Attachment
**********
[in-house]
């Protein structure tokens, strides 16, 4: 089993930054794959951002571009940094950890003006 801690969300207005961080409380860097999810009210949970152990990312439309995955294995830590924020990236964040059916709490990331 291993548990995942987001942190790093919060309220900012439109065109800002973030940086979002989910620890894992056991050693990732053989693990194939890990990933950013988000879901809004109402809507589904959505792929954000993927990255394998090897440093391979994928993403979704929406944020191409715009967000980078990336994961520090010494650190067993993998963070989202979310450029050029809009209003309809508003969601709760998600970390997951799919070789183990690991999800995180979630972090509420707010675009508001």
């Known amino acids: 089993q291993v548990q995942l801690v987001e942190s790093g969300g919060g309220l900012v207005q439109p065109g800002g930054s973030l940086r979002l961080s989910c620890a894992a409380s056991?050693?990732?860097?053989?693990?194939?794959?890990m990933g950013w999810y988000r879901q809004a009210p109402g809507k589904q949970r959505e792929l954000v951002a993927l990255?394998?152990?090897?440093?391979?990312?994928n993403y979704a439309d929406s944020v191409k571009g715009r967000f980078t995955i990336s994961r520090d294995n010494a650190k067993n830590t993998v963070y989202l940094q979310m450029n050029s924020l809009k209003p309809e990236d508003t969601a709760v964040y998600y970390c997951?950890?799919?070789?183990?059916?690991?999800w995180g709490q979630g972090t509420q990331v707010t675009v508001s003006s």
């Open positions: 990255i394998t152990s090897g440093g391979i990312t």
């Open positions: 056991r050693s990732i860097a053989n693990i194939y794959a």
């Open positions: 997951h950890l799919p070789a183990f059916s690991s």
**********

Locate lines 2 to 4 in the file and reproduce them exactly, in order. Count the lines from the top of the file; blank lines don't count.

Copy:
């Protein structure tokens, strides 16, 4: 089993930054794959951002571009940094950890003006 801690969300207005961080409380860097999810009210949970152990990312439309995955294995830590924020990236964040059916709490990331 291993548990995942987001942190790093919060309220900012439109065109800002973030940086979002989910620890894992056991050693990732053989693990194939890990990933950013988000879901809004109402809507589904959505792929954000993927990255394998090897440093391979994928993403979704929406944020191409715009967000980078990336994961520090010494650190067993993998963070989202979310450029050029809009209003309809508003969601709760998600970390997951799919070789183990690991999800995180979630972090509420707010675009508001």
């Known amino acids: 089993q291993v548990q995942l801690v987001e942190s790093g969300g919060g309220l900012v207005q439109p065109g800002g930054s973030l940086r979002l961080s989910c620890a894992a409380s056991?050693?990732?860097?053989?693990?194939?794959?890990m990933g950013w999810y988000r879901q809004a009210p109402g809507k589904q949970r959505e792929l954000v951002a993927l990255?394998?152990?090897?440093?391979?990312?994928n993403y979704a439309d929406s944020v191409k571009g715009r967000f980078t995955i990336s994961r520090d294995n010494a650190k067993n830590t993998v963070y989202l940094q979310m450029n050029s924020l809009k209003p309809e990236d508003t969601a709760v964040y998600y970390c997951?950890?799919?070789?183990?059916?690991?999800w995180g709490q979630g972090t509420q990331v707010t675009v508001s003006s």
């Open positions: 990255i394998t152990s090897g440093g391979i990312t």